[Sidebar] February 5 - 12, 1998
[Food Reviews]
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L'Epicurio Ristorante

A rags-to-riches tale with a most delicious ending

by Bill Rodriguez

238 Atwells Avenue, 454-8430
Open Tues - Thurs 5:30 - 9 p.m., Fri and Sat 5:30 - 10 p.m.
Major credit cards
Sidewalk access

There are humble origins and there are humble origins. Sure the little meat market and gourmet shop on Federal Hill used to be a good place to get your Italian taste treats (mmm, that Tuscan sausage), but its success story since then has been like something Horatio Alger would've written. Starting out in 1991 with a few lunch-time tables in a room next to the meat counter, L'Epicurio Ristorante today fills the whole space, plus a sizable room out back.

And appreciation for the Italian eatery has been equally expansive. In 1994, Esquire restaurant critic John Mariani touted L'Epicurio as one of the nation's best new restaurants of the year, while the New York Times included it in its short list (along with Cafe; Nuovo and the late, great Bluepoint Oyster Bar) in a survey of Providence's top dining spots.

Ambiance is part of the allure here. Burgundy brocade chair backs and maroon walls with gold spiral accents set the tone. Greenery tops a partition with cherub statues at each end.

Owners Tom and Rosanne Buckner also have kept the overall mood subdued, fancy but not stuffy. And they're here most nights to make sure it stays this way -- she as hostess and he visible behind the counter of the open kitchen.

The salty focaccia in the bread basket is what first piques the taste buds, though. It's the thick and spongy type, all the better to soak up the rosemary-infused olive oil. The companion Italian bread, also made on the premises, is so fresh and so chewy with high-gluten flour that the eventual crumb scraper merely goes through the motions.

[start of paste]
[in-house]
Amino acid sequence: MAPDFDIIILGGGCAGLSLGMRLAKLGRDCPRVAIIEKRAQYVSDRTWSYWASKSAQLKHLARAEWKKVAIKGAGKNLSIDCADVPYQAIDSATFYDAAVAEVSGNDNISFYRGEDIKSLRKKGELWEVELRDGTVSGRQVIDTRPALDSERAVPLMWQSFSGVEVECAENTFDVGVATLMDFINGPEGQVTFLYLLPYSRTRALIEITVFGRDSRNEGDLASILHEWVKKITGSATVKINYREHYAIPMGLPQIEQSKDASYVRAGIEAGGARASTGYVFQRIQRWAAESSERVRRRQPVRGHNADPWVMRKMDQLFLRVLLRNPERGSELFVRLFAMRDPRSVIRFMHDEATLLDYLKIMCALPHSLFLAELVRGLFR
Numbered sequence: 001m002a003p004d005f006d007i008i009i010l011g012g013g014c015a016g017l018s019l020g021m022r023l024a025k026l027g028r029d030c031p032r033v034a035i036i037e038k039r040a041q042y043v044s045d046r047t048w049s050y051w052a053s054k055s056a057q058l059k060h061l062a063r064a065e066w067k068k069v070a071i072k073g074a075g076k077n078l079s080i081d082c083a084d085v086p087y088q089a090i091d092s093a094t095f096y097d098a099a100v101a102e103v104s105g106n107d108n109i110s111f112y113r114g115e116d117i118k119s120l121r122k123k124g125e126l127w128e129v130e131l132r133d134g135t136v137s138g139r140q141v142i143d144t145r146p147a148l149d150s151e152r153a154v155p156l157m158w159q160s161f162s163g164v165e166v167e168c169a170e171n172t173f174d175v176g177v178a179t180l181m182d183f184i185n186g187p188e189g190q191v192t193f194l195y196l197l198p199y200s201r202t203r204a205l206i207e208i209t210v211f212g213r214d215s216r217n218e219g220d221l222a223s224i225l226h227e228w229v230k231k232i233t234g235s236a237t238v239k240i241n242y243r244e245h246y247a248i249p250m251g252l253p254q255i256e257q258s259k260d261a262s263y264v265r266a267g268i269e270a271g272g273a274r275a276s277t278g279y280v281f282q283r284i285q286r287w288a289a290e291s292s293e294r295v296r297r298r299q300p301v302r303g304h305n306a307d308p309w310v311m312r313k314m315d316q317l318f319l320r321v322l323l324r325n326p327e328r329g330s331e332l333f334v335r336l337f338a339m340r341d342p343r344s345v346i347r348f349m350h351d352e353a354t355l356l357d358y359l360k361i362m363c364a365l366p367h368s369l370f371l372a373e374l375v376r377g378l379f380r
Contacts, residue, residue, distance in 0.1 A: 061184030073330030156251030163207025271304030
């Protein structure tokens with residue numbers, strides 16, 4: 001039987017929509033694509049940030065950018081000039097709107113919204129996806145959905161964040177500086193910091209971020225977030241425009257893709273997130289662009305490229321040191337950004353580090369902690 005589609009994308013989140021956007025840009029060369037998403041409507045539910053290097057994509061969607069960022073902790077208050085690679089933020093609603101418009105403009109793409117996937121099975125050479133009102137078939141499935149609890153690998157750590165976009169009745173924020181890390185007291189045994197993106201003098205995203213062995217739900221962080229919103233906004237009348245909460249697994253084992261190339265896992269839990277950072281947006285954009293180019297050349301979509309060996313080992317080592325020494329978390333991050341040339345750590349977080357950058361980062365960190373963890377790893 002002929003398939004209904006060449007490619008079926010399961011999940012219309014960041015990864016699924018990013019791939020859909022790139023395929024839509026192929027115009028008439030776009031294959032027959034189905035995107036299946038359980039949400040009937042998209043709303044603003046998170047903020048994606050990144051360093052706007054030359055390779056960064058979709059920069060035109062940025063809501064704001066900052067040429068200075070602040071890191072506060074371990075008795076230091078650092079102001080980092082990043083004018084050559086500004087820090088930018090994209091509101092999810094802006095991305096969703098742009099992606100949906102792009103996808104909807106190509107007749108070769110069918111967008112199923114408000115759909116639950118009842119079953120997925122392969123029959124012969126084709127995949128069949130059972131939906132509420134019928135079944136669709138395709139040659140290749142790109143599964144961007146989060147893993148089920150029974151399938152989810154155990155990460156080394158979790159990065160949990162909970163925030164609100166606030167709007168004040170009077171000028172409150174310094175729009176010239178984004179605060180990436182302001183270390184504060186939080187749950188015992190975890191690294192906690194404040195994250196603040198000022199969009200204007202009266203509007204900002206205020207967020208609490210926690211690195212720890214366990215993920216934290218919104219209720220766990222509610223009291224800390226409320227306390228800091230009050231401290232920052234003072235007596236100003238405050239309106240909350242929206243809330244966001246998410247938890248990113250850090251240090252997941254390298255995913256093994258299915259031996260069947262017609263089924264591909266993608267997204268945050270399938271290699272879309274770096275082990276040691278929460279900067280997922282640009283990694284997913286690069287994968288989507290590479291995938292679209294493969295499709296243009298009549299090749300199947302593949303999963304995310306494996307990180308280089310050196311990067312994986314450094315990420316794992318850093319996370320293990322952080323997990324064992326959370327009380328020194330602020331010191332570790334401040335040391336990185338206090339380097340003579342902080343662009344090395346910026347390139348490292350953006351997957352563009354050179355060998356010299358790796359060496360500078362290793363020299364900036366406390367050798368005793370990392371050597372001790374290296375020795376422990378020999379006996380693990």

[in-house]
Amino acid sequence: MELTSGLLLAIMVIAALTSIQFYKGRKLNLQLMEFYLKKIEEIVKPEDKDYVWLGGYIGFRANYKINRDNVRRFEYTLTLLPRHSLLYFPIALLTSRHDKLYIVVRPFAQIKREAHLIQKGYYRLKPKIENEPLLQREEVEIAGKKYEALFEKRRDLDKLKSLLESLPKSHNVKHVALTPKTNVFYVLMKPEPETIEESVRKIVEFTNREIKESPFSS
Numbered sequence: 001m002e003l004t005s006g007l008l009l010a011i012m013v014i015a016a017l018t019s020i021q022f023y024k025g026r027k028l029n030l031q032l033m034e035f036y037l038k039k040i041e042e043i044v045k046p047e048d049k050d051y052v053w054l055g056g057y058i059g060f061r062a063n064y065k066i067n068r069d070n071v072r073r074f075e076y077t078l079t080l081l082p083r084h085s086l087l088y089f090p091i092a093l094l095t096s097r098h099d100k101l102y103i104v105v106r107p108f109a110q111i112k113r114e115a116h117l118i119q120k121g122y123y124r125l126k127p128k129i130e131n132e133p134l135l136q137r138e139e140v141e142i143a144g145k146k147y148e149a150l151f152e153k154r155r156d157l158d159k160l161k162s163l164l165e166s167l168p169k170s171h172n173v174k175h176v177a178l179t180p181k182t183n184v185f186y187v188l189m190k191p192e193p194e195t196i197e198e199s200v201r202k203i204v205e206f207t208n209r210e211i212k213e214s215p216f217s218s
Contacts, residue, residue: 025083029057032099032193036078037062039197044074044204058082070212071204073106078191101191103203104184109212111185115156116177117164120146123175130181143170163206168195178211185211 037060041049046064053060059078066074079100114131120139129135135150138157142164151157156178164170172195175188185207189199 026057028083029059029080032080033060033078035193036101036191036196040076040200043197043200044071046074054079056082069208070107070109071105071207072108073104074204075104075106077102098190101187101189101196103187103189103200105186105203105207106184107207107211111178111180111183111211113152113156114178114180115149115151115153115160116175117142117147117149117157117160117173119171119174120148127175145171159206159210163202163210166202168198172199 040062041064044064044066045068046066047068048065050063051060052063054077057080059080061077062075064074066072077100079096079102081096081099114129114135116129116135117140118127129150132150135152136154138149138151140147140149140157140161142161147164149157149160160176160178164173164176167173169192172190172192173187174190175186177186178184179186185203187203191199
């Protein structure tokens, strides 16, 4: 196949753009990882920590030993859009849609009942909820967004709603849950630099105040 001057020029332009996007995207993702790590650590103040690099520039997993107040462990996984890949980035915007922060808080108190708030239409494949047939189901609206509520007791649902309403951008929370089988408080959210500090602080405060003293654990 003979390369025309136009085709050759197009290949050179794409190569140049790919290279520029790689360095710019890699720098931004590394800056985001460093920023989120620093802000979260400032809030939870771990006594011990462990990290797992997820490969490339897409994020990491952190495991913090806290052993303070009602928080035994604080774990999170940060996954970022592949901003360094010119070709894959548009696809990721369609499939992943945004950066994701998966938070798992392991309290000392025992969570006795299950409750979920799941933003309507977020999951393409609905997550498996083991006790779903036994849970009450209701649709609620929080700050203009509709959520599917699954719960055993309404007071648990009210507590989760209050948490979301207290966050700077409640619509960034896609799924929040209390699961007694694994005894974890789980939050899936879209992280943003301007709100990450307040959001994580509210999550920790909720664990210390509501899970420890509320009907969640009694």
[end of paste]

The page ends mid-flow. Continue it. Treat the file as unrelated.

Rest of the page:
Appetizers at L'Epicurio are varied, with wild mushrooms topping both polenta and bruschetta and your choice of red or white clams zuppa. I also love their stracciatella ($5.50), a Roman-style egg-drop chicken stock soup with an odd, and welcome, hint of nutmeg.

Our favorite starter of all time, though, is the wood-grilled portobello with shrimp ($8.95). One reason why is that it so convenient to share, consisting of two big mushroom caps and two shrimp, grilled with restraint, on a bed of braised spinach.

The garlicky green was the perfect earthy match for the rest of the dish, while the succulent mushrooms were so meaty that my dining buddy joked that the combination was like surf 'n' turf.

For the main part of the meal, L'Epicurio, in its first year, offered only pastas and gnocchi and a few seafood main dishes. But with that wood grill, today's house specialties include veal sausage, and the six meat items outnumber the seafood choices. Naturally, then, I had to try the pork loin ($18.95). I wasn't disappointed.

The two-inch-thick tenderloin was pan-seared rather than grilled, to keep it juicy, and served medium, as requested. Wilted spinach was again a good complement, and the butter on top was flavored with an interesting blend of red onions and Gorgonzola cheese.

What's more, accompanying this on the plate were not more vegetables but marvelously crispy griddled Arborio rice cakes, herb-filled and tasty even without the Merlot sauce they were in.

Across from me, there had been no hemming and hawing over the choice entrées either. She'd shot straight to the lobster ravioli ($20.95) on the menu and never looked back. And understand this: search as you may, you will never find a better version of this dish.

While there were only five of the plump, kitchen-made ravioli on her plate, each was stuffed with a generous portion of shredded lobster that somehow had not been overcooked in the al dente pasta. Also surprising was that the delicate flavor came through the cognac and cream sauce, full of chopped shallots and Parmesan. Three tender sea scallops, cross-hatched from the grill, were at the center of the plate.

Also homemade, the desserts here run from tiramisu to white-chocolate cheesecake and the chocolate torte ($7.50) that we had. The rich, runny filling was in a thick, buttery shell, flanked by twin excesses -- a small scoop of vanilla ice cream and a dollop of whipped cream.

In a city of fine Italian restaurants, it's great to see other standard-bearers in a class once occupied solely by Alforno.

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